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Himes Tries To Calm Seniors' Social Security Fears

DARIEN, Conn. – Today's senior citizens don't have to worry about cuts in their Social Security, U.S. Rep. Jim Himes says. Although both political parties sometimes try to scare seniors about the state of Social Security and Medicare, Himes says those programs should be fine — for a while.

"Nobody's proposing anything that's going to significantly reduce your Social Security," Himes , D-4th District, told a group at the Darien Senior Center on Wednesday. "It's going to be very different for me, but not for you."

To solve the budget crisis the country is now facing, politicians must put aside partisan fighting, Himes said. He pointed out that Social Security, Medicare and Medicaid plus defense spending make up three-quarters of the country's federal budget. "If we're really serious about cutting the budget, we're going to have to have a tough conversation about those three programs."

The seniors were eager to hear from Himes on many issues and asked many questions and talked to him one-on-one about topics close to their hearts. Senior Madeline Boccuzzi suggested that Himes host regular talks with seniors to get their input.

"We are America, and we have most of the answers. It's important to talk to seniors at least once a month. That way he keeps us informed, and we can keep him informed," she said.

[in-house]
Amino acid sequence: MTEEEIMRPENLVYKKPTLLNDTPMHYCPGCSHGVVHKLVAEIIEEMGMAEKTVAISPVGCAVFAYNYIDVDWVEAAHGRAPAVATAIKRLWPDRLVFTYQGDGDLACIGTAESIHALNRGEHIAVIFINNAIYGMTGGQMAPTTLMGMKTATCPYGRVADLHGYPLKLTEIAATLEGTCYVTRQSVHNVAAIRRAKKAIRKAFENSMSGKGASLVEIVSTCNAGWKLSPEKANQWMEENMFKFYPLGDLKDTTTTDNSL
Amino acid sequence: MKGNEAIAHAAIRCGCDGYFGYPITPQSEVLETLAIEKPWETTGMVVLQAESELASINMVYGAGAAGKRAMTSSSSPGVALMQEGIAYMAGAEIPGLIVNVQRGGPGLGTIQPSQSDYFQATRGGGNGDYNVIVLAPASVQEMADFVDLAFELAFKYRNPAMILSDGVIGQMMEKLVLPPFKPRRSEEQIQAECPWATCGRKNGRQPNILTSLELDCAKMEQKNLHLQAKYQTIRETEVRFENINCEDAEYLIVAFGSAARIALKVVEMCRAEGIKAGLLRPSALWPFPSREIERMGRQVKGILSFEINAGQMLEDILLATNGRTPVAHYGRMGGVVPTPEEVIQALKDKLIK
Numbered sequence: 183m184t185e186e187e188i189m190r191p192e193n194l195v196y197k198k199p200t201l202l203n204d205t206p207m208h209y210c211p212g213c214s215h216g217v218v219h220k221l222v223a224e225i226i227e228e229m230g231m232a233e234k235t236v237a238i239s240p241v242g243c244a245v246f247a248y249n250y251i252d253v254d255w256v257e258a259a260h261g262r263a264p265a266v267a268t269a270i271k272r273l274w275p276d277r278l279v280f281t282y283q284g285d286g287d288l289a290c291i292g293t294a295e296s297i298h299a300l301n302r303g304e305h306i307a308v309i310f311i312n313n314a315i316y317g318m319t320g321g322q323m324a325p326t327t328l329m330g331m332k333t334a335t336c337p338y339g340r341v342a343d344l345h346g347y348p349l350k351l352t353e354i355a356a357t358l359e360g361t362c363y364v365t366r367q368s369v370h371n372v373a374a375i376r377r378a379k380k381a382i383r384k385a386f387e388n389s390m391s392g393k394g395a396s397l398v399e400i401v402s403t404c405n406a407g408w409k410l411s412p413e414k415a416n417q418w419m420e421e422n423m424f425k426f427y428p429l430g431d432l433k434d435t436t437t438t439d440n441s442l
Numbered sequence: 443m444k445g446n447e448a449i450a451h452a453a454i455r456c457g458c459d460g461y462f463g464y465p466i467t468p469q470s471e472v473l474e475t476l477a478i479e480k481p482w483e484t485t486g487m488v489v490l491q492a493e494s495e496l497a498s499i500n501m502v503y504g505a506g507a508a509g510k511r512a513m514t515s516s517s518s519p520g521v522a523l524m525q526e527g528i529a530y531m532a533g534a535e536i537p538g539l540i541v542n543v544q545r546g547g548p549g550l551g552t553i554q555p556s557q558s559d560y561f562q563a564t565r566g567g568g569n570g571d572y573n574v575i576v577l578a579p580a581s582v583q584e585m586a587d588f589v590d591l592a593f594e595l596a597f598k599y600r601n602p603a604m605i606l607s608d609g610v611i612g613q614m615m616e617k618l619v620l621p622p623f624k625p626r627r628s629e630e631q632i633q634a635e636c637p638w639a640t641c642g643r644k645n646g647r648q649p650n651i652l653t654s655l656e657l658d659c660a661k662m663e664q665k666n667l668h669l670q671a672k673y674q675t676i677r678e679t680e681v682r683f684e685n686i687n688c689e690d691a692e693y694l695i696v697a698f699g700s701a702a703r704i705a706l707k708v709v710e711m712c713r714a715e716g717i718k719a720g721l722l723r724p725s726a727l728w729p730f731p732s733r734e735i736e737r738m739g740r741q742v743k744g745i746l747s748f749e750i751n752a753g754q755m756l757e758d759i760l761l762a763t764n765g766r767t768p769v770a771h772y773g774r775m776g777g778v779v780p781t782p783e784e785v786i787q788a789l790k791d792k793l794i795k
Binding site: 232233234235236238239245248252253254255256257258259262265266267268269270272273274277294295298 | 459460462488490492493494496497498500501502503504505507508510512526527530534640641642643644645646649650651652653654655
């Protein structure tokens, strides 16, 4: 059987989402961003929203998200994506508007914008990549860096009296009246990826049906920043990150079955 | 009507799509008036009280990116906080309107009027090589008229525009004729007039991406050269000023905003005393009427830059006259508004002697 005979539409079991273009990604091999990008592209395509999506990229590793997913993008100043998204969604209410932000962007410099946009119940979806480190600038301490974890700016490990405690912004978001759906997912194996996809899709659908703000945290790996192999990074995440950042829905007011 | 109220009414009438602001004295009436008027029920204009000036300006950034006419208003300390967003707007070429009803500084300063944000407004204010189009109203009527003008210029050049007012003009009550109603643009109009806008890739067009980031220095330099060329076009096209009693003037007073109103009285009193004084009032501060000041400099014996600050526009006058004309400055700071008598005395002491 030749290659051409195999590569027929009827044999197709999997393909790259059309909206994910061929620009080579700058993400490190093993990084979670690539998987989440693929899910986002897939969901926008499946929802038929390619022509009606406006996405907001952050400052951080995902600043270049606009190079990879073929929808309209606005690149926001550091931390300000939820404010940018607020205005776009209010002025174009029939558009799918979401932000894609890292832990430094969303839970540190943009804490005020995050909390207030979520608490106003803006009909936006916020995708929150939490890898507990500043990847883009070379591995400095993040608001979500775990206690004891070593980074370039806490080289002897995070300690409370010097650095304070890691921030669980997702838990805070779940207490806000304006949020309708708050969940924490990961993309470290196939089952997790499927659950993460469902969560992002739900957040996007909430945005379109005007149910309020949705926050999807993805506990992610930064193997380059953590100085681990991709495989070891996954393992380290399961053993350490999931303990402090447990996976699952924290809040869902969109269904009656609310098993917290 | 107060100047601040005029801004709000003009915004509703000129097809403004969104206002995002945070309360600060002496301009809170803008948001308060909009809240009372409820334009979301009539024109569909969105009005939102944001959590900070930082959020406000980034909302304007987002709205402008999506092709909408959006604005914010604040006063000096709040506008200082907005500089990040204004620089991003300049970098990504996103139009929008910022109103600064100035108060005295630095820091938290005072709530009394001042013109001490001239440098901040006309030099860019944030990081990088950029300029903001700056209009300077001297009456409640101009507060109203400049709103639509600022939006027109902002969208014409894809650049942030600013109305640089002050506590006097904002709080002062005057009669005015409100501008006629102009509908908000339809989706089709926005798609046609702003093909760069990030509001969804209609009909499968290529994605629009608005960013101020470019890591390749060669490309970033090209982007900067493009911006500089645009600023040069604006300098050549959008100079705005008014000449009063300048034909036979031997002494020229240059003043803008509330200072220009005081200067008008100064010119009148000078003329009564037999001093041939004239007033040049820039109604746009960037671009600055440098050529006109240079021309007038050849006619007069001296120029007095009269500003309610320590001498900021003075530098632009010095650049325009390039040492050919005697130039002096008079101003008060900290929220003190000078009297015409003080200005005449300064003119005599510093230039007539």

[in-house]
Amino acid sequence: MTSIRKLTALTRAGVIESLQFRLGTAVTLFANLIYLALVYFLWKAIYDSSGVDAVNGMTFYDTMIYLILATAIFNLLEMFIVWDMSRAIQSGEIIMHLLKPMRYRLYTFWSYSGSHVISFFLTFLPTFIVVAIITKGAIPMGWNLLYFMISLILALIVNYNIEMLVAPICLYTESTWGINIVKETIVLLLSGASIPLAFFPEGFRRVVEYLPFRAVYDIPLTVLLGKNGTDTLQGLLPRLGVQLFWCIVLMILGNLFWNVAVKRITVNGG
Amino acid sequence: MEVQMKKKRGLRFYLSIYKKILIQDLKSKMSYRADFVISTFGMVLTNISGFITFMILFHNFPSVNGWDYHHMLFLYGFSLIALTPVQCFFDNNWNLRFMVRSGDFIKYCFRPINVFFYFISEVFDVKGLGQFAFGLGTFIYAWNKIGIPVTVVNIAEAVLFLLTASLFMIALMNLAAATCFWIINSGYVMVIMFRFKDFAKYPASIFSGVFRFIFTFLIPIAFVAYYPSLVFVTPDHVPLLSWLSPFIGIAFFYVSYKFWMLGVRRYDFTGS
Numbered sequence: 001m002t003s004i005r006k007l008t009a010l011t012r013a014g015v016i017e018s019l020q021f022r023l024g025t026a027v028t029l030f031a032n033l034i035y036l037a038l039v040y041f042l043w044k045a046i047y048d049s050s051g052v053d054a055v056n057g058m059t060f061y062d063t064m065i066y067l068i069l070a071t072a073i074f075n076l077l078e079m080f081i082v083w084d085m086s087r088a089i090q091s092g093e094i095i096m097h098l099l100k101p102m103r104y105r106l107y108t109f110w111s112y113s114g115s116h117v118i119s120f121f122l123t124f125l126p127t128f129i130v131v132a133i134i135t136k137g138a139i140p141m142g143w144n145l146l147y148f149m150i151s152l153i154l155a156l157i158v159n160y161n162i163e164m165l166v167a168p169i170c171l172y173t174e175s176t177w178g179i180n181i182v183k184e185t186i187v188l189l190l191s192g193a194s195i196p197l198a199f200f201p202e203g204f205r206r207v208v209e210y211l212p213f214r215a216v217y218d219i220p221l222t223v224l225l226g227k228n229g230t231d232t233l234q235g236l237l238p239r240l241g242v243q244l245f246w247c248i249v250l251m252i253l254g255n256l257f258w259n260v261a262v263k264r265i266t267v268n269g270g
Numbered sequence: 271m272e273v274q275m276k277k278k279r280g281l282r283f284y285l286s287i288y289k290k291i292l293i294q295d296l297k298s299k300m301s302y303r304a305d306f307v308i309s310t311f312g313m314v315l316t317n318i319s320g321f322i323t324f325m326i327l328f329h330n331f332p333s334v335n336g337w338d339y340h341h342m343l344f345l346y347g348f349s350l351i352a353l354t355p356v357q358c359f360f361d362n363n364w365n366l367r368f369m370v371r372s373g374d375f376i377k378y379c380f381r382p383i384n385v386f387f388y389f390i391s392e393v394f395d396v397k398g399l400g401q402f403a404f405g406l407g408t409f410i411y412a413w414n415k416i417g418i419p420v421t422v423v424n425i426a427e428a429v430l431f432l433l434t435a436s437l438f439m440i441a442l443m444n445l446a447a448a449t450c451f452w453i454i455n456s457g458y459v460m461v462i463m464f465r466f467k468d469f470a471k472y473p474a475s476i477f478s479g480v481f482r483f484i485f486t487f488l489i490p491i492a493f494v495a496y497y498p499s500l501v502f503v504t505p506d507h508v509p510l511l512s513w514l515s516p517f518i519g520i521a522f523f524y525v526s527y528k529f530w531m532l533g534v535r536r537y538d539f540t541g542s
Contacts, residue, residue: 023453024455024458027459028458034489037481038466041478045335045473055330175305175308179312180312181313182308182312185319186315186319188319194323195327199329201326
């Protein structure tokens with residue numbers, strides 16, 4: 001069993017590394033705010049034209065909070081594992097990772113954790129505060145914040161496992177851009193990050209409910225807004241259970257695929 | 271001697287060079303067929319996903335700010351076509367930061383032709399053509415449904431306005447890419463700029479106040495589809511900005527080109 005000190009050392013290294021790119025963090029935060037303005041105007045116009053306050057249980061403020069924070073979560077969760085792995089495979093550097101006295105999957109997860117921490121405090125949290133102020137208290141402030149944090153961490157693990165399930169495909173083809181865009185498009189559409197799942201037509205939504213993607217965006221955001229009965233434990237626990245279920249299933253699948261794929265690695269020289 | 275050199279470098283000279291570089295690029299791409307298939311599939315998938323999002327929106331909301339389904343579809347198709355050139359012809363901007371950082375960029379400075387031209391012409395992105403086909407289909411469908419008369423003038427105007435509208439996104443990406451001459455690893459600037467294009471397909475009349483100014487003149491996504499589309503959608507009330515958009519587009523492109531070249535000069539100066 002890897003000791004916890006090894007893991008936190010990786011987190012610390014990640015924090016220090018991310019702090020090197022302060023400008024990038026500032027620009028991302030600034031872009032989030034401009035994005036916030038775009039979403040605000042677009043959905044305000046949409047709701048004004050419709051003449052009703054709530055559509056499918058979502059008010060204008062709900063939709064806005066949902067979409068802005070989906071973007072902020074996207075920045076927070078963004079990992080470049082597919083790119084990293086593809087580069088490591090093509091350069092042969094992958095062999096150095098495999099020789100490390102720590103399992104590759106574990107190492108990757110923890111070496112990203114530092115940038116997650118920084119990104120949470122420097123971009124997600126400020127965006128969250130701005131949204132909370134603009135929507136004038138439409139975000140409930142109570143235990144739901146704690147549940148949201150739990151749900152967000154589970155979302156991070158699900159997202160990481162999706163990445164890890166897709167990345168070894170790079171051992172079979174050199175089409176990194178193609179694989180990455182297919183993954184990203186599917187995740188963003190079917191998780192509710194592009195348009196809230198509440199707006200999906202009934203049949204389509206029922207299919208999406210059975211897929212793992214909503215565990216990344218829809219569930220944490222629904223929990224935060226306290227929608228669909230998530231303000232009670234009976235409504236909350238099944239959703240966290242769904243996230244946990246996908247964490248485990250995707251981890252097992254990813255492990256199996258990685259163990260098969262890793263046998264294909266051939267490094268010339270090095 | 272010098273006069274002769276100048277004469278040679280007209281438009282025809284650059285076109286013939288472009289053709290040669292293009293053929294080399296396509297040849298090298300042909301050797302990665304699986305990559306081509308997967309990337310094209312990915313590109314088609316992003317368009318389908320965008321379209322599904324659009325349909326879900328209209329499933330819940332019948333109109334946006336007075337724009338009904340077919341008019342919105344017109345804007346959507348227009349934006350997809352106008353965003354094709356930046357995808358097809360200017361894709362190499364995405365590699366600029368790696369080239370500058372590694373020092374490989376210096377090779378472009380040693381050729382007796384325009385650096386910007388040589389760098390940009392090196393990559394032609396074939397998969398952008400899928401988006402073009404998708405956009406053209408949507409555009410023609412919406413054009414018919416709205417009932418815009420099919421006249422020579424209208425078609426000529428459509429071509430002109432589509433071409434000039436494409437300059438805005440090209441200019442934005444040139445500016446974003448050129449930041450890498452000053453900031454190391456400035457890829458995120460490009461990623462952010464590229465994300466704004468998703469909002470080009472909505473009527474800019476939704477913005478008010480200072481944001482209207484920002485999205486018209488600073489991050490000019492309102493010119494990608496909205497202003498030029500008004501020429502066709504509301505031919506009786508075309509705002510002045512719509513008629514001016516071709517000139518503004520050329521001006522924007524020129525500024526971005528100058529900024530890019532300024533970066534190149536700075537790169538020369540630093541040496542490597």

During the talk, one senior suggested the government should support more building projects as happened during the Depression, an idea Himes fully supports. He says new roads and bridges will need to be built in the future. "Why not do it now? There are plenty of engineers and carpenters who are out of work."

When asked about Pakistan, Himes said he would love for America to wash its hand of that country, but it has more than 100 nuclear weapons there, a danger in the wrong hands. "Given that threat, we have to engage them and do what we can to provide some stability to that country. Otherwise, the consequences could be catastrophic."

One senior was interested in knowing what citizens can do to help end the gridlock in Washington. Himes encouraged them to reach out to their representatives. "We respond to our constituents. We have to."

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